Tom Pierson’s quirky “Untitled” leads the original record’s second side and brings back Swartz ever so marginally in to the fold. This one traffics in the tensions present in so much film music – the type Phillip Glass would write decades later (or the album Glass wrote for the Brazilian ensemble Uakti in 1999) – but has too much of the veneer of musical exercise to appreciate as jazz.

Pierson, like Friedman, is a Julliard graduate and is probably best known for working on the music of such films as Popeye (1979), Hair (1979) and Manhattan (1980). To hear a more aggressive take on “Untitled,” check out the solo-piano version recorded by the eclectic pianist Kirk Nurock in 1976.

Harvie Swartz’s “Island” is essentially an improvisational duet between Friedman on vibraphone and Swartz, who is positively magisterial on bass. If Harvie S.’s 2017 take on the song with his IN Trio is any indication, the actual melody of “Island” is heard some two minutes in. The take heard here is so much more imaginative and remarkable for the chemistry shared by the vibraphonist and the bassist – who , at turns, strikes the strings as Buster Williams might have at the time.

Friedman started playing classical music before he developed an interest in jazz, so it’s not surprising that he would cover a classical piece here – something he often did in Hubert Laws’ band. What is curious, though, is he improvises on solo vibraphone over the “Sarabande” movement of Bach’s Violin Sonata in B minor, a piece written for violin and harpsichord. (the harpsichord meant to serve, in a jazz sense, as the bass counterpoint to the solo instrument).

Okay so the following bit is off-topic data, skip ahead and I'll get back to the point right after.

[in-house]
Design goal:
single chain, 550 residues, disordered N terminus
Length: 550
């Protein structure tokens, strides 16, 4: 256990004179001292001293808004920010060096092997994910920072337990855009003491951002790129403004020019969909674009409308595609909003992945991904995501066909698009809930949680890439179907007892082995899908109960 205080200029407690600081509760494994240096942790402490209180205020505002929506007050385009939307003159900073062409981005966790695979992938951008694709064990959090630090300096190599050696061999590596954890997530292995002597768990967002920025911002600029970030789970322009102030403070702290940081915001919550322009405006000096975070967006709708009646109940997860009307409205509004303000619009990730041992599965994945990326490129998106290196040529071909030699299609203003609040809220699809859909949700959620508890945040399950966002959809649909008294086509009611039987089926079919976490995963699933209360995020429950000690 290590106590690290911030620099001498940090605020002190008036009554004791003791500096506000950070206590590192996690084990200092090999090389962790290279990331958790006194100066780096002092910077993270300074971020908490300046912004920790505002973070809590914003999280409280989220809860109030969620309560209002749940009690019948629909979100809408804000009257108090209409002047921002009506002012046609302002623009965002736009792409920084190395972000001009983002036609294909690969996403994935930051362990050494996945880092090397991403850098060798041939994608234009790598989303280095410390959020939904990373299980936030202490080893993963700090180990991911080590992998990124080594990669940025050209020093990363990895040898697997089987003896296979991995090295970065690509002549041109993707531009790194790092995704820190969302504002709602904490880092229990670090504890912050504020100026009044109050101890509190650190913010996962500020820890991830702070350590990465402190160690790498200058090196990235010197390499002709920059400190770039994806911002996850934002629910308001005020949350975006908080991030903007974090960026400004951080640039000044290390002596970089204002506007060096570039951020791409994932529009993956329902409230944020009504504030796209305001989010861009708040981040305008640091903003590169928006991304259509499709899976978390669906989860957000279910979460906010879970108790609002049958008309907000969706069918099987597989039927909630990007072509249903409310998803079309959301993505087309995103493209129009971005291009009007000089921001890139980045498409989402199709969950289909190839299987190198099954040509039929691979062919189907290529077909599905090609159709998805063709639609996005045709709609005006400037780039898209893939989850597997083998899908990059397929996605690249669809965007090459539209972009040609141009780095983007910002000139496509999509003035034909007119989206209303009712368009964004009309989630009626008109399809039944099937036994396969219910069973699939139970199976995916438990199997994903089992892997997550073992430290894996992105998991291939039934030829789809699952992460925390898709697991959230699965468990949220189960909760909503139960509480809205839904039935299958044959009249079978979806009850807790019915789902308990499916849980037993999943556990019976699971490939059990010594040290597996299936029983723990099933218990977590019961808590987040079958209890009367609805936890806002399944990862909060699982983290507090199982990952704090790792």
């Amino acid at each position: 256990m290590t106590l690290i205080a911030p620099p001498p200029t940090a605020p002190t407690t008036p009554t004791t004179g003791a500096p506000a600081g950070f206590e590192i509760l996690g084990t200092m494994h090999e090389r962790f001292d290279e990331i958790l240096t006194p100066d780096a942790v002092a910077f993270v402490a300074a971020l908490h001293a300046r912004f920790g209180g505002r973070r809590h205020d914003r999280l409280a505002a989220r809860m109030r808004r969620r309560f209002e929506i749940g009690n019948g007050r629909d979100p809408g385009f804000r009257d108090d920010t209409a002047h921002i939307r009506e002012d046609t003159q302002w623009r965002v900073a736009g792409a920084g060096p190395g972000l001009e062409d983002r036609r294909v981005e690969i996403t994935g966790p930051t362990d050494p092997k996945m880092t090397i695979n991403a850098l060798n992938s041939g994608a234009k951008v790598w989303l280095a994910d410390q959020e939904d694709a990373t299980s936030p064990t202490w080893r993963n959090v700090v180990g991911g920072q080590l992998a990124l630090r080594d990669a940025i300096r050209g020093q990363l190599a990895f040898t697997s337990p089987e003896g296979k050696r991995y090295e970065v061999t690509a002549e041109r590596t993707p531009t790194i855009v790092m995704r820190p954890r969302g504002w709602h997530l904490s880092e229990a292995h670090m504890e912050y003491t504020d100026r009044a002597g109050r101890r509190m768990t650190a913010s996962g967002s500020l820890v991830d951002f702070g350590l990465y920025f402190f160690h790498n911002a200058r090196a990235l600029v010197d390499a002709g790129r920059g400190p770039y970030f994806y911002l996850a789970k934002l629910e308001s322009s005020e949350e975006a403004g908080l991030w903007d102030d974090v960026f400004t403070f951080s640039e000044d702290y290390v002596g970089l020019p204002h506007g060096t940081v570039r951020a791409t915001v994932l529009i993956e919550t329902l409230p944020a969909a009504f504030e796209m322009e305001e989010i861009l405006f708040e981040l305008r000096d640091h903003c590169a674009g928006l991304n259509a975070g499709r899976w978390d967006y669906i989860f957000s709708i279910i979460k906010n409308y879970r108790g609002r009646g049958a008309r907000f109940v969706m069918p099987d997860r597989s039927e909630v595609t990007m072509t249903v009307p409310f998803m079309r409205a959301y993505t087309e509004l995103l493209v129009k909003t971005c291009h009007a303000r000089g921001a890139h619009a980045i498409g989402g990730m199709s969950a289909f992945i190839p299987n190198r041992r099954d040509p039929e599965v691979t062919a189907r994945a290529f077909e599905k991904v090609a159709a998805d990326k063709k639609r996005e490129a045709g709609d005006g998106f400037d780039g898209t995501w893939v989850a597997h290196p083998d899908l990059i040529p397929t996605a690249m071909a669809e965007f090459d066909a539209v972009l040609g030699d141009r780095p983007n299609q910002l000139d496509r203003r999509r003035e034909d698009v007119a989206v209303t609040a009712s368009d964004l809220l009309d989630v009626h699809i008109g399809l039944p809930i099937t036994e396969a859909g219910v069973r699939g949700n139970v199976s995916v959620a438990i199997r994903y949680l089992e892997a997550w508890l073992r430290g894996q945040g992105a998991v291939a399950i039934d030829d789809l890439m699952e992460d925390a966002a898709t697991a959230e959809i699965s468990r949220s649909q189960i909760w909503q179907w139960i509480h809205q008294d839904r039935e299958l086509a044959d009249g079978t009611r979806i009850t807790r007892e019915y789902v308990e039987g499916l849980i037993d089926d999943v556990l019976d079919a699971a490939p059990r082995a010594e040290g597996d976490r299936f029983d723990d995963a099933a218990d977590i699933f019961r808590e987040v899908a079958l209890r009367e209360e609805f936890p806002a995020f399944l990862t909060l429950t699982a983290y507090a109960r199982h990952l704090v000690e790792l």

A second instrument, like Swartz’s bass, would have been a welcome addition here. As is, “Sarabande” seems to meander a bit more than the other tracks on the disc do. It’s also the album’s longest track: it could have easily been halved.

The set closes with Swartz’s lovely, though little-known “I’ve Touched Your Soul,” a joyous sprite that sort of crosses such ECM standards as Chick Corea’s “Senor Mouse” with Keith Jarrett’s “Country.” The song opens and closes – presumably in a nod to The Beatles – with the vibraphone line backmasked, or recorded backwards. The manipulation, however, gives the endearing melody an oddly appropriate dream-like feel.

Here, Samuels shines particularly well on marimba, offering the kind of lyrical and tender solo he would deliver so memorably on the 1979 Spyro Gyra hit “Morning Dance.” While Swartz himself sits this one out (!), he would record “I’ve Touched Your Soul” around the same time with Barry Miles for the keyboardist’s 1975 album Magic Theater.

“A record of tremendous lyrical and emotional depth,” noted Herb Nolan in his December 2, 1976, profile of the two Davids in DownBeat magazine. The radio tip-sheet Walrus added, “Vibes and marimba lend themselves to impressionistic music because of their atherial tonal qualities. Friedman uses these instruments to generate a veil of sound, rather than a wall of sound. Pleasing.” (April 23, 1979)

Double Image – “Dawn” (1979)